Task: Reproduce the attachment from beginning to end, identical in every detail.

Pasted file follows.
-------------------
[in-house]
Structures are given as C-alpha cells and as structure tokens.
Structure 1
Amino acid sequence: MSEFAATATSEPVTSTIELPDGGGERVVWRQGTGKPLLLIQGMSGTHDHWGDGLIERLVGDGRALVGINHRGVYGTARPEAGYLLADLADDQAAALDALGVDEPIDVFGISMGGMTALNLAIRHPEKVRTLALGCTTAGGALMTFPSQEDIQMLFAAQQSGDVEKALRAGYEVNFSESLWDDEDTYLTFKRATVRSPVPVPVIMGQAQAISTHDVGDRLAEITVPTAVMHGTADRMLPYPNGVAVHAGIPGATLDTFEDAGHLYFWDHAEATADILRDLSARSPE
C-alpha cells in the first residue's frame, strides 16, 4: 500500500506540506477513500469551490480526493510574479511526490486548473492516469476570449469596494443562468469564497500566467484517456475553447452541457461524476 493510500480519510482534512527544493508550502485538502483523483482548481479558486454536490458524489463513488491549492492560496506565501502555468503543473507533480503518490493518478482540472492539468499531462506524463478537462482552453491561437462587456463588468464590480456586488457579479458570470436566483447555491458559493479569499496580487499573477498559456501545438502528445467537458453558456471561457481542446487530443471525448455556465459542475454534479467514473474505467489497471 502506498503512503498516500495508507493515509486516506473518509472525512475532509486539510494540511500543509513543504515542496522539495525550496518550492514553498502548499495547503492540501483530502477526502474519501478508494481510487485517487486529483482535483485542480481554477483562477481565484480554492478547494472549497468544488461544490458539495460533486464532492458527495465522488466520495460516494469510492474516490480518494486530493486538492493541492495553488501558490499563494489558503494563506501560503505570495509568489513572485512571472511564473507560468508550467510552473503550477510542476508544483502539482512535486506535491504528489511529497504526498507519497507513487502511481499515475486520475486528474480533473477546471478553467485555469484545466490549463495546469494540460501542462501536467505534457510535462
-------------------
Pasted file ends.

[in-house]
Structures are given as C-alpha cells and as structure tokens.
Structure 1
Amino acid sequence: MSEFAATATSEPVTSTIELPDGGGERVVWRQGTGKPLLLIQGMSGTHDHWGDGLIERLVGDGRALVGINHRGVYGTARPEAGYLLADLADDQAAALDALGVDEPIDVFGISMGGMTALNLAIRHPEKVRTLALGCTTAGGALMTFPSQEDIQMLFAAQQSGDVEKALRAGYEVNFSESLWDDEDTYLTFKRATVRSPVPVPVIMGQAQAISTHDVGDRLAEITVPTAVMHGTADRMLPYPNGVAVHAGIPGATLDTFEDAGHLYFWDHAEATADILRDLSARSPE
C-alpha cells in the first residue's frame, strides 16, 4: 500500500506540506477513500469551490480526493510574479511526490486548473492516469476570449469596494443562468469564497500566467484517456475553447452541457461524476 493510500480519510482534512527544493508550502485538502483523483482548481479558486454536490458524489463513488491549492492560496506565501502555468503543473507533480503518490493518478482540472492539468499531462506524463478537462482552453491561437462587456463588468464590480456586488457579479458570470436566483447555491458559493479569499496580487499573477498559456501545438502528445467537458453558456471561457481542446487530443471525448455556465459542475454534479467514473474505467489497471 502506498503512503498516500495508507493515509486516506473518509472525512475532509486539510494540511500543509513543504515542496522539495525550496518550492514553498502548499495547503492540501483530502477526502474519501478508494481510487485517487486529483482535483485542480481554477483562477481565484480554492478547494472549497468544488461544490458539495460533486464532492458527495465522488466520495460516494469510492474516490480518494486530493486538492493541492495553488501558490499563494489558503494563506501560503505570495509568489513572485512571472511564473507560468508550467510552473503550477510542476508544483502539482512535486506535491504528489511529497504526498507519497507513487502511481499515475486520475486528474480533473477546471478553467485555469484545466490549463495546469494540460501542462501536467505534457510535462